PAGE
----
February second. ‘People came and went, seeing Krishnaji. There was a meeting with him of the Rajghat group. After lunch, Krishnaji gave an interview to Leela Naidu Moraes. The walk with Krishnaji included Nandini, Asit, Devi, Gamsham, and Shubha’—that is the niece of Radha—‘and me. Narayan says he is unwell and can’t come to Bombay, but Krishnaji felt that, for his own sake, he must come.’
The third. ‘There was an interview of Krishnaji by Pupul, filmed for Indian television.’ Then just the usual lunch with people and walk.
February fourth. ‘Narayan arrived from Rishi Valley, and at 5 p.m., Krishnaji had a long talk with him about Usha.’ In the evening there was a dinner given by Amru. She is a sister of Pupul, I think, and Nandini. ‘She gave dinner for Krishnaji and the whole group.’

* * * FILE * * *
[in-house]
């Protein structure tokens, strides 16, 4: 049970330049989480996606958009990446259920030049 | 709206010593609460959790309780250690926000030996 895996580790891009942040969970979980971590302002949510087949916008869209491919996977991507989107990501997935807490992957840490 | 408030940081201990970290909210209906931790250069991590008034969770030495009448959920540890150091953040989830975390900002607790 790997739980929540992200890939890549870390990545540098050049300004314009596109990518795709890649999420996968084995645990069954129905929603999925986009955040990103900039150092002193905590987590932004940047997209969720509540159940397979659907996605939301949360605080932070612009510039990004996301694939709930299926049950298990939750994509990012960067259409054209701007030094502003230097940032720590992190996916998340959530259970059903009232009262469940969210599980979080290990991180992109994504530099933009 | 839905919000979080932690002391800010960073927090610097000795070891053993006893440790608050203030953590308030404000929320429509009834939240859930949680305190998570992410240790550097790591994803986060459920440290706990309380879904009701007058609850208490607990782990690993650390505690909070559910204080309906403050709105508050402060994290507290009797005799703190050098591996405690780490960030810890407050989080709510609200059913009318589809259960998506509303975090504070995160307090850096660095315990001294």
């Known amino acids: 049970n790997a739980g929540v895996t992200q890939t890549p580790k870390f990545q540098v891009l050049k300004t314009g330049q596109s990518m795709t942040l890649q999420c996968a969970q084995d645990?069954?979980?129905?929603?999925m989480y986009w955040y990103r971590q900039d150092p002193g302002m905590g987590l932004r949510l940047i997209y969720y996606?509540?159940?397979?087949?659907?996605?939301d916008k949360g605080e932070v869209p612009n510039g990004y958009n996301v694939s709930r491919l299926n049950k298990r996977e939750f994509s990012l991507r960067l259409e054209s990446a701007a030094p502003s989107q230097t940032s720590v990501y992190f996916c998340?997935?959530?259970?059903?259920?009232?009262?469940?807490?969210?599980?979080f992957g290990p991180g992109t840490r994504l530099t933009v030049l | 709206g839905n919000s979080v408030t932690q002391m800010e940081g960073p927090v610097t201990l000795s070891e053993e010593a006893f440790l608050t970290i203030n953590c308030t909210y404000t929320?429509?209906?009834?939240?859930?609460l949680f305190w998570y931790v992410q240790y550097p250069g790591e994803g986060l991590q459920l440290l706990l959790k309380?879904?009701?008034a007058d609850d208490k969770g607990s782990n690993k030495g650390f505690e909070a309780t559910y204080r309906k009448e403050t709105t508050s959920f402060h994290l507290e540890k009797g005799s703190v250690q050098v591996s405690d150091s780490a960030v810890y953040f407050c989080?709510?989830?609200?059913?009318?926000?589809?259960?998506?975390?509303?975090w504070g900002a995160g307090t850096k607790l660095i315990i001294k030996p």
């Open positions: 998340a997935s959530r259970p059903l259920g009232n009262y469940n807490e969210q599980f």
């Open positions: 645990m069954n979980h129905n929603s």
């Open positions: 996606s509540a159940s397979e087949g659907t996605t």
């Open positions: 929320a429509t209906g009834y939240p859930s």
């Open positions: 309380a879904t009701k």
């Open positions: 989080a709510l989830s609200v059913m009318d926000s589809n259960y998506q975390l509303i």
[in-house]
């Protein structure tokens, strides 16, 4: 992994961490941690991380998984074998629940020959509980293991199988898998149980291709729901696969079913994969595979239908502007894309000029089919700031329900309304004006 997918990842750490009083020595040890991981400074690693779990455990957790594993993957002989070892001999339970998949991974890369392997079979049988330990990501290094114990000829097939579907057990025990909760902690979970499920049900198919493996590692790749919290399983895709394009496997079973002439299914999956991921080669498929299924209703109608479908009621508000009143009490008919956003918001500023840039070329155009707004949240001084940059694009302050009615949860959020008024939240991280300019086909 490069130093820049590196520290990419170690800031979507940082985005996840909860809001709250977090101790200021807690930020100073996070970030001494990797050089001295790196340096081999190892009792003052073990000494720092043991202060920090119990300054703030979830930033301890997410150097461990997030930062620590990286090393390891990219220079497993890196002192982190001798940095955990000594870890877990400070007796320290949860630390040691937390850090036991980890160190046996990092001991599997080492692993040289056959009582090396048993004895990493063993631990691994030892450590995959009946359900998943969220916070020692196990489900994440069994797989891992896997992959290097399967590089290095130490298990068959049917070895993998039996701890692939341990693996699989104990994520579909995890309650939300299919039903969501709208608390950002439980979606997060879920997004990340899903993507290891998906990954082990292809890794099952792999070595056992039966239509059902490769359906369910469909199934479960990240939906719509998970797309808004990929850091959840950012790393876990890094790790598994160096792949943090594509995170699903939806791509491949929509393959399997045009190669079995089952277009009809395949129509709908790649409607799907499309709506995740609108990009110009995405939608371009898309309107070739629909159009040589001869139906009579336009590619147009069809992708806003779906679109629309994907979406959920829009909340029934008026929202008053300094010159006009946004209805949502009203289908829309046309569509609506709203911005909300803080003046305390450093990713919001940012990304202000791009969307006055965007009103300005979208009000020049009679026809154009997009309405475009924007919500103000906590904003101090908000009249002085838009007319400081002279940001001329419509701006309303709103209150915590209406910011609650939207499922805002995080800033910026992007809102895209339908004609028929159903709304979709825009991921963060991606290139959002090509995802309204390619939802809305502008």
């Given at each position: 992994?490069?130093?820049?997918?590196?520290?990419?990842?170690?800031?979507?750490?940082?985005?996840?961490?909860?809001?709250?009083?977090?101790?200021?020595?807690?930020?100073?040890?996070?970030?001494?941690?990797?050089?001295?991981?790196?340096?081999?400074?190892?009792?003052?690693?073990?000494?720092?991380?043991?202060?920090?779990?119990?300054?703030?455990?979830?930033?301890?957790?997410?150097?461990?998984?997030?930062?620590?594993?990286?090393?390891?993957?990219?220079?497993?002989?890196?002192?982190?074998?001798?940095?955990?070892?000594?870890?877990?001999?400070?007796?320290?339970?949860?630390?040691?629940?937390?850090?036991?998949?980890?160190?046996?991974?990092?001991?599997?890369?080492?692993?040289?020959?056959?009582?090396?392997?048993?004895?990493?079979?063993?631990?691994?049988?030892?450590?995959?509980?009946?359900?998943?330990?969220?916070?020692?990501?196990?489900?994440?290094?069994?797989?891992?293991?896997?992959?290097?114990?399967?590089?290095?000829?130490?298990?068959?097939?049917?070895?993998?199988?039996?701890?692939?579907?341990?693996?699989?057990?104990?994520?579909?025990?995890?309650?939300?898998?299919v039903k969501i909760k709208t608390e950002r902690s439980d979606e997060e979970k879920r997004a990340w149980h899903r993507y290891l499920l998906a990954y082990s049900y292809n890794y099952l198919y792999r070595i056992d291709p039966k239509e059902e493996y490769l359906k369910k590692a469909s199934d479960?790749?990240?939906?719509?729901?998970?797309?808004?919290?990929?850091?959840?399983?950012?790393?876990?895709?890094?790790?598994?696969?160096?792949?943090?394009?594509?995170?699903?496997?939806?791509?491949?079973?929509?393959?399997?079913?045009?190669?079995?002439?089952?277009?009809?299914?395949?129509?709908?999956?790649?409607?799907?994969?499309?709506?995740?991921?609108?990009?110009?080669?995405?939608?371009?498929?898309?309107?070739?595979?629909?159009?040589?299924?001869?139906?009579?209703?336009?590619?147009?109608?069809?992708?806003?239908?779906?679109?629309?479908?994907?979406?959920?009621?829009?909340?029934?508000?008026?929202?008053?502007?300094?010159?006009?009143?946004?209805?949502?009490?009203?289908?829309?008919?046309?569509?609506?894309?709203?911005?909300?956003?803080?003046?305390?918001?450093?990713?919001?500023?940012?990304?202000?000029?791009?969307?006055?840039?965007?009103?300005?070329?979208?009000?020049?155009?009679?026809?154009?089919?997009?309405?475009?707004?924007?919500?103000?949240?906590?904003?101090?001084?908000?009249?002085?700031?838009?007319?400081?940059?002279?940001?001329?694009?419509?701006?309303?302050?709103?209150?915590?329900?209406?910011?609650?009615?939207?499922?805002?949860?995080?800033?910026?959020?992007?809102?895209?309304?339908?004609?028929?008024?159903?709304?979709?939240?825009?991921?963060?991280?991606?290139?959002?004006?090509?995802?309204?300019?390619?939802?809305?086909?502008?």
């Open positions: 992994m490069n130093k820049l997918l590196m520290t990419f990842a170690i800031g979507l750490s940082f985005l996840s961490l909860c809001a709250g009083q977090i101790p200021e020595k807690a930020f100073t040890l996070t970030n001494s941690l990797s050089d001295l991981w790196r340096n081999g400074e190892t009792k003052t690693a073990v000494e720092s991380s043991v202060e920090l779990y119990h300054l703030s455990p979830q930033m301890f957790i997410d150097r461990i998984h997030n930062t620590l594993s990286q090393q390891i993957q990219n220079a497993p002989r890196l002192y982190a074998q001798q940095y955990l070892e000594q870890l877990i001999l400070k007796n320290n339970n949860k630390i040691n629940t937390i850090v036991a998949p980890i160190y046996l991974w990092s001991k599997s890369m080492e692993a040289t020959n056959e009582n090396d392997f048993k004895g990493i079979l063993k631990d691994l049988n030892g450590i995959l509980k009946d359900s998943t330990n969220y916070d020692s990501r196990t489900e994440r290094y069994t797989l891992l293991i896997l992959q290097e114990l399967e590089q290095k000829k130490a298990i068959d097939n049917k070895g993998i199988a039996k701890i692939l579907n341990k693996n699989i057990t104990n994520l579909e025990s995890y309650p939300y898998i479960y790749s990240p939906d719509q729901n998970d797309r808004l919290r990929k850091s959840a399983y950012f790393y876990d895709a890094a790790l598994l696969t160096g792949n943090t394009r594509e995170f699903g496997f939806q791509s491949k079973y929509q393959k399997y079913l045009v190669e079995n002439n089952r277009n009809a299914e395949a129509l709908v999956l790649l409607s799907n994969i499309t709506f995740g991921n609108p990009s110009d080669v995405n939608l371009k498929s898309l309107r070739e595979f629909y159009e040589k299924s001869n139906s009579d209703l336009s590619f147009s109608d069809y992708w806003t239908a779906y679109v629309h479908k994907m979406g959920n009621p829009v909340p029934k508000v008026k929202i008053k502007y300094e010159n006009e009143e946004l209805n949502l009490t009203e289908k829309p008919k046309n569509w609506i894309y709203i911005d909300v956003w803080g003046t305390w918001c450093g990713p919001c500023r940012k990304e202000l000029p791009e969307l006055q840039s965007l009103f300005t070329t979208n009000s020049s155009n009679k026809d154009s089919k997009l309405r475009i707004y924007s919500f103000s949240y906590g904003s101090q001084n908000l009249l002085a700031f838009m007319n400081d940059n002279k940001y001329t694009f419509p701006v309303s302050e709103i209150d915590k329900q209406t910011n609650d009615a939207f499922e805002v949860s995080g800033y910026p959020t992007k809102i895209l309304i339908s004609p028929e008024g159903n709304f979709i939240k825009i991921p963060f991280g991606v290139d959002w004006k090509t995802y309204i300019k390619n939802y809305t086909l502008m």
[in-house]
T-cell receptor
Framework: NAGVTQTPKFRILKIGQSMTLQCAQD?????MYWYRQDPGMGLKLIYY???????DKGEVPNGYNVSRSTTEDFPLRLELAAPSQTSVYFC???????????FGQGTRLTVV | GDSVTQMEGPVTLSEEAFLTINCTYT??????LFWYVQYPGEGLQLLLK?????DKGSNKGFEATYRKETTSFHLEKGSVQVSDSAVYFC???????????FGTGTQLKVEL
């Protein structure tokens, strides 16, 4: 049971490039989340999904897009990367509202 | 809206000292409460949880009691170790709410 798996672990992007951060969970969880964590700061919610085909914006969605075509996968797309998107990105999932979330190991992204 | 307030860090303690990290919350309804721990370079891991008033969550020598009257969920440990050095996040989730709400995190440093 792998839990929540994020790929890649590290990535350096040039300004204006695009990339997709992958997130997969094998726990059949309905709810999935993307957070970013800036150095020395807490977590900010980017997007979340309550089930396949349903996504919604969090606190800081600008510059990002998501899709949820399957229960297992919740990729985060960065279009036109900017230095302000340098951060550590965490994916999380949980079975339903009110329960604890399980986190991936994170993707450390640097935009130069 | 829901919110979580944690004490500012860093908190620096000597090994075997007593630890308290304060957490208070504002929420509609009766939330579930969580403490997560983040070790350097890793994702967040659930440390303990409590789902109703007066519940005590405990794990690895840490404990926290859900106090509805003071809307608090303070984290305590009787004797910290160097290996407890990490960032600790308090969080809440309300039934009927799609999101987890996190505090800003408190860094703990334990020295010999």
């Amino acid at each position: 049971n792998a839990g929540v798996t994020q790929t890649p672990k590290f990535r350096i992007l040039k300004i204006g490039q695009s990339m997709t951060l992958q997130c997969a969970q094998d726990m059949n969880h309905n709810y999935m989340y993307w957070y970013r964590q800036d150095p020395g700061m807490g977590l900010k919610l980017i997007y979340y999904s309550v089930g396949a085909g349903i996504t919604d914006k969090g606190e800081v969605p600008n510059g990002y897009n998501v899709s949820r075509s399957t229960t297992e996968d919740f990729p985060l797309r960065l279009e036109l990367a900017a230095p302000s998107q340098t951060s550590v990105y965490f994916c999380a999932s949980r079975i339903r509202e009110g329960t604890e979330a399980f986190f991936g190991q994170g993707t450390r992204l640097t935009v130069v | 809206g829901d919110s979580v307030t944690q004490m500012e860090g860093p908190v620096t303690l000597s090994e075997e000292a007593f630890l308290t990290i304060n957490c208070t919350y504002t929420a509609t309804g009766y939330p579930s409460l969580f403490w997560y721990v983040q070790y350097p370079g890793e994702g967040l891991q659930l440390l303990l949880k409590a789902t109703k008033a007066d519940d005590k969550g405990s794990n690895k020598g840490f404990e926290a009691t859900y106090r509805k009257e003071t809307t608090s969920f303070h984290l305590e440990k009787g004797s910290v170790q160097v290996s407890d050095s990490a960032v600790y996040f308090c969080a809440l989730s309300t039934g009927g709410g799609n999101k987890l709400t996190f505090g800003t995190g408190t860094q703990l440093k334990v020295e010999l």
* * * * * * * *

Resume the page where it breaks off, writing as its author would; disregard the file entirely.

For February fifth, we have the big diary again, so we won’t be quite as skimpy. ‘At 10 a.m., there was a KF India trustee meeting to which I was invited. Merali was made a member.’ Then for some reason I have these four points:
‘1. Radhika Herzberger and her husband are coming to Rishi Valley in July 1982.’ That is Pupul’s daughter, and her husband Hans. ‘Radhika will be on the executive committee for Rishi Valley.’
‘2. The three Patwardhans’ home is Vasanta Vihar, permanently.’ That would be Sunanda, Pama, and Achyut. ‘KFI members will have the right to live at schools in their old age, if KFI agrees.’
‘3. Teachers will be expected to transfer to other KFI schools for periods of one year from time to time.’